Six cult classics everyone needs to watch

By Adia Miller

Film is an artistic medium capable of crossing language and cultural barriers that’s been prevalent since 1910 with the creation of the nickelodeon theater. With 110 years of films out there, it’s no surprise that some amazing works have fallen in the cracks over time. Luckily, with streaming platforms and online retailers, access to films has only become easier, so those forgotten or initially dismissed films get a second chance at life.

Cult classics can exist in any length, theme, or language. Most of them had limited success due to controversial topics or were just too obscure to gather a large crowd. Like in any genre, some of the films are good and some of the films are bad, so here’s a kickoff list to get you started on the journey to appreciating cult classics.

Labyrinth (1986: Fantasy/Adventure)

Labyrinth is a 1986 film created by master puppeteer Jim Henson also known for the Muppets, Dark Crystal, and Sesame Street, and then written and revised by an estimated 30 people over its development.

The story follows Sarah Williams (Jennifer Connelly), a 16-year-old girl who spends most of her time acting out scene excerpts and generally living in her imagination. After flippantly wishing one day that the Goblin King from her story would come to take her baby brother Toby away, Jareth (David Bowie), the Goblin King himself, captures young Toby and takes him away to the Goblin city. Given thirteen hours to make her way through a labyrinth filled with puzzles and tricks set by Jareth, Sarah must rescue her brother, or he will be stuck there forever.

The movie features fascinating creatures brought to life through Henson’s puppetry, original music created by Bowie, and moments so recognizable, an annual masquerade is held in California imitating the classic dream-sequence ball.

With all of these components plus Ziggy Stardust himself, why did the film flop, only making back half of its 25-million-dollar budget? A 1986 review by Roger Ebert summarizes the movie as a story that isn’t worth the justice done by the production. Others just said they found it “silly” or “long,” not taking into account that this is a kid’s fantasy created to give the audience a good time.

In the end despite its criticism, Labyrinth for most people is just a nostalgic flick from their childhood with good music, good effects, and good ol’ David Bowie. What’s better than that?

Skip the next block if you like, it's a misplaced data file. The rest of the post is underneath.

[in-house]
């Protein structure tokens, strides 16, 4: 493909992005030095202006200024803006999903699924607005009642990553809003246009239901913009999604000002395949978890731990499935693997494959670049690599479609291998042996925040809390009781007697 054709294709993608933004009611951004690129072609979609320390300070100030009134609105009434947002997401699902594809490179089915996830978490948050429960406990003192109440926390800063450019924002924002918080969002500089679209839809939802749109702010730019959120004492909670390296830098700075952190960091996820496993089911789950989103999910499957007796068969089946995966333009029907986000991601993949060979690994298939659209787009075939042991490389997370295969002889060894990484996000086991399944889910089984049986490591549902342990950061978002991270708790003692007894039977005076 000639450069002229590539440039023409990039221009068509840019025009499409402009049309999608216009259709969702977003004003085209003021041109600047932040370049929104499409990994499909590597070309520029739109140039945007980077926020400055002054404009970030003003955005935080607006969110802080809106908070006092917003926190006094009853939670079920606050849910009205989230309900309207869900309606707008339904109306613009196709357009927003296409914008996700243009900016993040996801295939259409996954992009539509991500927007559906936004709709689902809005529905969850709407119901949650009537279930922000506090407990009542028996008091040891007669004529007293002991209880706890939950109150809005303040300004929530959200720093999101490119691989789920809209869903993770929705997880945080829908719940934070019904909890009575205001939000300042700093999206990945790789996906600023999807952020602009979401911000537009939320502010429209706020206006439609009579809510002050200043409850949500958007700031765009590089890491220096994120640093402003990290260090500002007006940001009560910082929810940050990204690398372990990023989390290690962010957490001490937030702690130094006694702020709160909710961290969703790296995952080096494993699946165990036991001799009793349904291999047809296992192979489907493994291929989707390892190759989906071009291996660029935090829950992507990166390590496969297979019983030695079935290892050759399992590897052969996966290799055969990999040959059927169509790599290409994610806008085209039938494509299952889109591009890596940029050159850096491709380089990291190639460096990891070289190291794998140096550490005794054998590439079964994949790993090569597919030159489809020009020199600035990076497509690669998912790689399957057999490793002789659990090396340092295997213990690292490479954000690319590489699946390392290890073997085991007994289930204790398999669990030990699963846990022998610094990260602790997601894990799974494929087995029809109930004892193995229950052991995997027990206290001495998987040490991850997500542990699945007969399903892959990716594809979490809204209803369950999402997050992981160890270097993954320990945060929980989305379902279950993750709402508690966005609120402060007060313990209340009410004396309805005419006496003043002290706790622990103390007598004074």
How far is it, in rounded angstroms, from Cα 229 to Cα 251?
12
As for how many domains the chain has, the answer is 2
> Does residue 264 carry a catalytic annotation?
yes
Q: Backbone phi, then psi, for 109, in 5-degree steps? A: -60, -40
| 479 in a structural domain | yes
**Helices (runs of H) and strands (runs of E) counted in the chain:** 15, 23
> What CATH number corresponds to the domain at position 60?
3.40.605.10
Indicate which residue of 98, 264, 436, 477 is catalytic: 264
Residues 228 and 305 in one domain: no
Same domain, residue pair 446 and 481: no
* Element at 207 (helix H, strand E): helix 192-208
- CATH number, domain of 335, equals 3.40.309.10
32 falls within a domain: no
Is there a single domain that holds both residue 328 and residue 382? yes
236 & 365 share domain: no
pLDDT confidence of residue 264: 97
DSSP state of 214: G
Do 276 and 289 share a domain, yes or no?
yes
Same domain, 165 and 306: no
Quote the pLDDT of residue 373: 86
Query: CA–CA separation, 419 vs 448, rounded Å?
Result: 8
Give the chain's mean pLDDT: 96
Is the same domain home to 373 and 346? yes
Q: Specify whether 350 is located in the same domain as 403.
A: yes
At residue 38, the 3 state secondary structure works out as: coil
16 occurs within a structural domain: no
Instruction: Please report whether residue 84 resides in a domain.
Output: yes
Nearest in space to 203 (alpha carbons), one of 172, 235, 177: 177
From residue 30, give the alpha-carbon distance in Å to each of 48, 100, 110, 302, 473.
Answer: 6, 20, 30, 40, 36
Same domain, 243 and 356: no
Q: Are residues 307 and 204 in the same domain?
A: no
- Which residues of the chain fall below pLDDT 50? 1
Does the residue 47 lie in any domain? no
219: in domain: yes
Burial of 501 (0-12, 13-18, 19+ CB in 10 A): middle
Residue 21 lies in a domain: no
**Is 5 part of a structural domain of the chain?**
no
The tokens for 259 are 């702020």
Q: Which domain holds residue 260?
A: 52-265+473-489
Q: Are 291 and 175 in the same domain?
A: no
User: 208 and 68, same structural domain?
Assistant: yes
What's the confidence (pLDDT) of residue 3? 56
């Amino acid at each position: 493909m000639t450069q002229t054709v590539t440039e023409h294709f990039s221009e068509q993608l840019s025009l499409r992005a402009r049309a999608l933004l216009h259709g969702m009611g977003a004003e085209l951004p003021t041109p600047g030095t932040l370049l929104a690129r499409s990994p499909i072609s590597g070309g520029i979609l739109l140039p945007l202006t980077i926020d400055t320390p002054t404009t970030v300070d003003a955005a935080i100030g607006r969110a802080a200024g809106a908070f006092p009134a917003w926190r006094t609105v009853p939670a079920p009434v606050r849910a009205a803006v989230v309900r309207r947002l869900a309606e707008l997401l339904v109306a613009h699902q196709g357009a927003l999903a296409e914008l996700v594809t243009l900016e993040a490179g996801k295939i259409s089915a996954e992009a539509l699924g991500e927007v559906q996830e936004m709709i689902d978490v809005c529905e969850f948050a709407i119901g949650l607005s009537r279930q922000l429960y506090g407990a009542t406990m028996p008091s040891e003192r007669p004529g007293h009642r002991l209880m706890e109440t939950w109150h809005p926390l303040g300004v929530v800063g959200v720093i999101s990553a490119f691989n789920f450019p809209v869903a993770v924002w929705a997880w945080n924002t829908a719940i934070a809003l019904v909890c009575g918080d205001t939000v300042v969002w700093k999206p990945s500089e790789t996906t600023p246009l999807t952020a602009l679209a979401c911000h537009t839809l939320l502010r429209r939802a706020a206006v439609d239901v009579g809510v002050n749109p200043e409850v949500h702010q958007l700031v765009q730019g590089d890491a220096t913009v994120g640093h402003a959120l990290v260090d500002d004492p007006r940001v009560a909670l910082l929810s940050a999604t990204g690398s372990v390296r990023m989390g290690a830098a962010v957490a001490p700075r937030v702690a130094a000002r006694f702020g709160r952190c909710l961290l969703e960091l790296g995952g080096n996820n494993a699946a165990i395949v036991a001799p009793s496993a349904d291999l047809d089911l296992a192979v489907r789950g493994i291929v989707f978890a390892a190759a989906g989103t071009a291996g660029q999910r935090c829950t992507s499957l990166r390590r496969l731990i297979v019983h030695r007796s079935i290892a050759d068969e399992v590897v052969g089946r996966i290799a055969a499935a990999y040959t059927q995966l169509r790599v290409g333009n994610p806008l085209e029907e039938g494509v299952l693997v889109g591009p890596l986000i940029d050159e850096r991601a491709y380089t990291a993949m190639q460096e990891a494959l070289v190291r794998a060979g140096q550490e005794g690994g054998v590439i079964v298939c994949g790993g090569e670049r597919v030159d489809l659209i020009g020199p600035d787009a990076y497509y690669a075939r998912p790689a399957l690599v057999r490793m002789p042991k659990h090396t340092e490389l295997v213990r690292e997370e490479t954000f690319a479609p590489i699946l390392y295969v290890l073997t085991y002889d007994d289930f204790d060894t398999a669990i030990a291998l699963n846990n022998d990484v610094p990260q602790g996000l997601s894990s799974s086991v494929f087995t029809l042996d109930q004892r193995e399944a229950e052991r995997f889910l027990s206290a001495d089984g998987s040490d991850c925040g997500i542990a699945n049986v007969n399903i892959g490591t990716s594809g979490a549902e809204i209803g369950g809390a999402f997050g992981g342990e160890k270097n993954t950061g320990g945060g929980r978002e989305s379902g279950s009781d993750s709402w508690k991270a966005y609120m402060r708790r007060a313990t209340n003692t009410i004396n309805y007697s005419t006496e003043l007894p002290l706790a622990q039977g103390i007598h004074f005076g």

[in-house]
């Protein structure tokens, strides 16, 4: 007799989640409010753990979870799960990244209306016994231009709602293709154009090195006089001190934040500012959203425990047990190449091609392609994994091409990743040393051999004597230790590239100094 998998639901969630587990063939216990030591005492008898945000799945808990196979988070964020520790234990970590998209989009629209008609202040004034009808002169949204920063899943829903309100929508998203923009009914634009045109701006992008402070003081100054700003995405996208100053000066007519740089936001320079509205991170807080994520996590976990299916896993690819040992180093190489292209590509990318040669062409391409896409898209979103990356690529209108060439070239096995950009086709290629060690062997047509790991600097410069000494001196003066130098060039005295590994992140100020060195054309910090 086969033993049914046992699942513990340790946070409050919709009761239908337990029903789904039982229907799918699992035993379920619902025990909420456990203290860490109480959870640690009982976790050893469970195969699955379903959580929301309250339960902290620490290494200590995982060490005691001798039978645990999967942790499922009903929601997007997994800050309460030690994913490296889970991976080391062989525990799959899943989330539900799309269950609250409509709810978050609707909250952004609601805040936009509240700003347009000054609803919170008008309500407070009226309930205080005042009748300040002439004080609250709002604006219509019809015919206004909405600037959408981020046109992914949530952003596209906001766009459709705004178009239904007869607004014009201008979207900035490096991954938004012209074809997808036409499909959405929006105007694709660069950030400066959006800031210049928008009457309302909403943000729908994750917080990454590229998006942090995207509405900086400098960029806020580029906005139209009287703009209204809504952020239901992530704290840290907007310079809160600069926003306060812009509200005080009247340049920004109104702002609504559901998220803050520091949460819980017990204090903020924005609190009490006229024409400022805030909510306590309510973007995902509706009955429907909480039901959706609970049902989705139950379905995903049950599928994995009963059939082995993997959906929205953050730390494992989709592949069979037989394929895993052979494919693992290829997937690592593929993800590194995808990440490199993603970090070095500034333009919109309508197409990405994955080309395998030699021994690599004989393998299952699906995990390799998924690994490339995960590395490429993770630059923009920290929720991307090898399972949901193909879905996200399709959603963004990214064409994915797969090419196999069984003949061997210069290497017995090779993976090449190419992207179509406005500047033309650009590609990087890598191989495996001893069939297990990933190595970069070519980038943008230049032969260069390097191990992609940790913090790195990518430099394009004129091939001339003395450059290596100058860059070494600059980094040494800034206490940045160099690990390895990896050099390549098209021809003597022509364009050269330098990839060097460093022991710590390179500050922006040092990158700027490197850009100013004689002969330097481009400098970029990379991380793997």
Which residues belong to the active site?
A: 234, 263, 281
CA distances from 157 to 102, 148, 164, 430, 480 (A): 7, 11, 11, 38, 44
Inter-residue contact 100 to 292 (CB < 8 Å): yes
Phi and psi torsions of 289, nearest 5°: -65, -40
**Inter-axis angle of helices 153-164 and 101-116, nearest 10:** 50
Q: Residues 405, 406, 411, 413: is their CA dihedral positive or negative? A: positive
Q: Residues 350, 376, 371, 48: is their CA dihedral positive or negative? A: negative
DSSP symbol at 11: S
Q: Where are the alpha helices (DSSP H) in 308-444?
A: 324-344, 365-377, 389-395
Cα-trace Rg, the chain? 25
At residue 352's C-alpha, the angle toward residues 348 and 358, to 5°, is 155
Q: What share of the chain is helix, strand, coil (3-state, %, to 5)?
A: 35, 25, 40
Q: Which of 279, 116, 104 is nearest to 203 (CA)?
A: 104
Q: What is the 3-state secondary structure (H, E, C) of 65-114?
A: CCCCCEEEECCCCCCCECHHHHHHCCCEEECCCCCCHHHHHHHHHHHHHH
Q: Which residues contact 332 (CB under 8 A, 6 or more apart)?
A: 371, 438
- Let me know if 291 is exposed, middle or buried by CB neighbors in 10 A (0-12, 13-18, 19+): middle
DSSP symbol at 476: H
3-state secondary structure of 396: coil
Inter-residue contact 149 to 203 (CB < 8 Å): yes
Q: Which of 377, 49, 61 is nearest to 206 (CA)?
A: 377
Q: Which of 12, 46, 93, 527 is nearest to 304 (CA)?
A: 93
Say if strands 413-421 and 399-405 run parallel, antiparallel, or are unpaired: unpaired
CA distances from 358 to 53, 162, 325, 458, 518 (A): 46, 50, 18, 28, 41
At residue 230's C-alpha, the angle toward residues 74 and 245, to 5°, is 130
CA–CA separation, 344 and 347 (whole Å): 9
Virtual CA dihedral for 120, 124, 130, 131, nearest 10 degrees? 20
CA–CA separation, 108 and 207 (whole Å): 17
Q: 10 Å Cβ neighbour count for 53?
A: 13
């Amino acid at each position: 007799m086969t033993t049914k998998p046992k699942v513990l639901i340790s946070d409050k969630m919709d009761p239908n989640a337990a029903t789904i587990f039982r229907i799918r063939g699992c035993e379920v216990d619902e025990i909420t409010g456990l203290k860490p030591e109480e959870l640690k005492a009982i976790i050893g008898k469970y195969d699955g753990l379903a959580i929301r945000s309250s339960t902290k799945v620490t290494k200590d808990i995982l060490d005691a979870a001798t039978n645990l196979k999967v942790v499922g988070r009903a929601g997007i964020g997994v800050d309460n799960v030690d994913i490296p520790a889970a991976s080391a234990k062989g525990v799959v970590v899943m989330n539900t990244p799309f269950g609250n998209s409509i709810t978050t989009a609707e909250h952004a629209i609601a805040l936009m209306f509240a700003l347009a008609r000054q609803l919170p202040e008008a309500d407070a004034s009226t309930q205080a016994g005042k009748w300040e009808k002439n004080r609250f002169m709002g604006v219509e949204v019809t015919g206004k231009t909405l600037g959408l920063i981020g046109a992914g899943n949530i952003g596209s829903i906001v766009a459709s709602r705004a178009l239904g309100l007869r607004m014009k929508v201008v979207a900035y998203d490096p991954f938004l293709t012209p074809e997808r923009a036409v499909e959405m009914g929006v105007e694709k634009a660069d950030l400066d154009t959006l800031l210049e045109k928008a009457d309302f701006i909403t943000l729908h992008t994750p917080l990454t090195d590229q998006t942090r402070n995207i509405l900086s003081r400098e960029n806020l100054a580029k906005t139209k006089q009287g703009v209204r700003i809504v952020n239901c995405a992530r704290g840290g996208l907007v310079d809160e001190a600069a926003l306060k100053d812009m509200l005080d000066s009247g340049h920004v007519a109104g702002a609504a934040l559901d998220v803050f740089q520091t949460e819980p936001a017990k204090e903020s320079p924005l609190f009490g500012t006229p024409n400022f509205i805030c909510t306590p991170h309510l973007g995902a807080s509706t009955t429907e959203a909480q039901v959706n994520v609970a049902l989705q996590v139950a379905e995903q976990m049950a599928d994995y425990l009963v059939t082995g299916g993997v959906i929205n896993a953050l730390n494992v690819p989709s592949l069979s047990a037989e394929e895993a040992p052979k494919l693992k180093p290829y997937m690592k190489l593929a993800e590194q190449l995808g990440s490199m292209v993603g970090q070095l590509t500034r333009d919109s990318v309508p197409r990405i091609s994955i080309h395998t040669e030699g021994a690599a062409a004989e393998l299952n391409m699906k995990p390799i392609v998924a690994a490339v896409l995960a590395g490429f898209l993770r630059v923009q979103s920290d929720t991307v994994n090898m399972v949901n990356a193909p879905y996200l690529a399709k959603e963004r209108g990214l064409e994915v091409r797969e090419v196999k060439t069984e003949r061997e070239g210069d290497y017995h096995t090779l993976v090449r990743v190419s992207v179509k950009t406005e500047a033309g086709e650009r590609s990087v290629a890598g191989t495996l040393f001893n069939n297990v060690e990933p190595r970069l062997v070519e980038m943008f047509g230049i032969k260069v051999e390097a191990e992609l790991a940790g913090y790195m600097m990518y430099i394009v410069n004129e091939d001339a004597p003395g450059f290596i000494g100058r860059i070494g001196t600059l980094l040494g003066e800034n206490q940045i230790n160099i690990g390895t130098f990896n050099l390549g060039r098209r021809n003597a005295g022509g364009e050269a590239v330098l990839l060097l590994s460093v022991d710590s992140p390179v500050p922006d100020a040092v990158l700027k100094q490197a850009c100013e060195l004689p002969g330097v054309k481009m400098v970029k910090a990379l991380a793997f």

The Rocky Horror Picture Show (1975: Musical/Horror/Sci-Fi)

Probably the most iconic cult classic of all time, The Rocky Horror Picture Show is a film adaptation of a Richard O’Brien musical that’s very existence created a new theater format.

The story follows newly engaged couple Brad (Barry Bostwick) and Janet (Susan Sarandon) who on their way to visit an old professor get stuck in a rainstorm and have to seek shelter in a mansion far from the ordinary. There they meet a lively gang of comical, albeit disturbing, characters who live to have a good time, as well as the “transvestite from Transylvania” Dr. Frank N’ Furter (Tim Curry).

With nonsense songs, aliens, a Frankenstein monster, and no discernible plot, this is a film for those who delight in the blatantly absurd.

Its outrageous themes led to it being a box office flop, but all would change when the Waverly Theater started their late-night showings. There, actors would combine film with live theater, playing the movie on a large screen while live actors performed along. Later, fans started showing up with props and scripts to follow along.

Staples like throwing rolls of toilet paper during the “Great Scott!!” scene or spraying water guns when Janet and Brad drive through the rain have become commonplace in theaters that still perform Rocky Horror. Not to mention the crowd shows up in androgynous looks or cosplay, delighting in the gender fluidity promoted by the film and deemed safe under the cover of night surrounded by the other “weirdos.”

The watching experience is kind of like a convoluted sugar rush dream. Things jump off one another erratically, just chasing the high of entertainment. But even if you don’t find the film itself enjoyable, find a theater and experience a live performance. If nothing else, the pure mania of it all is intoxicating.

Clue (1985: Comedy/Mystery)

Inspired by the boardgame of the same name, this flick is a camp-filled break from reality that delights in wordplay and highlights the charisma of its actors with actors Tim Curry and Michael McKean standing out.

The film introduces six guests all with their board-game-accurate color-themed names, as well as a butler (Curry), chef, and maid all “invited” to an isolated mansion by the mysterious Mr. Body who lures them there with threats of blackmail. The characters are taken to the study where they are handed a weapon, the lights are turned off briefly, and by the time the lights turn back on, Mr. Body is dead. The movie continues as the characters try to find who among them is the killer while more and more bodies pile up.